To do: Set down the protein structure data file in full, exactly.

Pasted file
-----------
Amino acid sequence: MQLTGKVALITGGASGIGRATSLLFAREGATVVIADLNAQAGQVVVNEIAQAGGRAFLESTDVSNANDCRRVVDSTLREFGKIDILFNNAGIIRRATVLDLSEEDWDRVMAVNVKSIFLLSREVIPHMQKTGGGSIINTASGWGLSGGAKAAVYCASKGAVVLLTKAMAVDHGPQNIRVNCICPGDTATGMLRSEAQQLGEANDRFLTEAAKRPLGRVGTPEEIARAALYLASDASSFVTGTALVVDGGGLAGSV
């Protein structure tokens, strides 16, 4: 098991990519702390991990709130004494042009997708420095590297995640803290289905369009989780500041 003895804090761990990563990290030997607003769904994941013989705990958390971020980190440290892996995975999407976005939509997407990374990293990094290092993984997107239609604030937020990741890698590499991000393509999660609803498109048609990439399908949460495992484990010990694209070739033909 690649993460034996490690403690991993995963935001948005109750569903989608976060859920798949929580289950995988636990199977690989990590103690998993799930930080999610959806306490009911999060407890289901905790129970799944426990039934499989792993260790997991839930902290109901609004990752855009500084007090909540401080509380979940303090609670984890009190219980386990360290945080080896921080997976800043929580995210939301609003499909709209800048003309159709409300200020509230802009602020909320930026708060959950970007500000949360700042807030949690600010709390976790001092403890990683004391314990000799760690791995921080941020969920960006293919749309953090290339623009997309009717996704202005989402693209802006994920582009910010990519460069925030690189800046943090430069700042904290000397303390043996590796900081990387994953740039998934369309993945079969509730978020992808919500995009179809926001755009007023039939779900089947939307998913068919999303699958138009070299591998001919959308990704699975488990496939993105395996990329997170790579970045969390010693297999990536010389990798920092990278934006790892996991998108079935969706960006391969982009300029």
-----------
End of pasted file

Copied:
Amino acid sequence: MQLTGKVALITGGASGIGRATSLLFAREGATVVIADLNAQAGQVVVNEIAQAGGRAFLESTDVSNANDCRRVVDSTLREFGKIDILFNNAGIIRRATVLDLSEEDWDRVMAVNVKSIFLLSREVIPHMQKTGGGSIINTASGWGLSGGAKAAVYCASKGAVVLLTKAMAVDHGPQNIRVNCICPGDTATGMLRSEAQQLGEANDRFLTEAAKRPLGRVGTPEEIARAALYLASDASSFVTGTALVVDGGGLAGSV
């Protein structure tokens, strides 16, 4: 098991990519702390991990709130004494042009997708420095590297995640803290289905369009989780500041 003895804090761990990563990290030997607003769904994941013989705990958390971020980190440290892996995975999407976005939509997407990374990293990094290092993984997107239609604030937020990741890698590499991000393509999660609803498109048609990439399908949460495992484990010990694209070739033909 690649993460034996490690403690991993995963935001948005109750569903989608976060859920798949929580289950995988636990199977690989990590103690998993799930930080999610959806306490009911999060407890289901905790129970799944426990039934499989792993260790997991839930902290109901609004990752855009500084007090909540401080509380979940303090609670984890009190219980386990360290945080080896921080997976800043929580995210939301609003499909709209800048003309159709409300200020509230802009602020909320930026708060959950970007500000949360700042807030949690600010709390976790001092403890990683004391314990000799760690791995921080941020969920960006293919749309953090290339623009997309009717996704202005989402693209802006994920582009910010990519460069925030690189800046943090430069700042904290000397303390043996590796900081990387994953740039998934369309993945079969509730978020992808919500995009179809926001755009007023039939779900089947939307998913068919999303699958138009070299591998001919959308990704699975488990496939993105395996990329997170790579970045969390010693297999990536010389990798920092990278934006790892996991998108079935969706960006391969982009300029």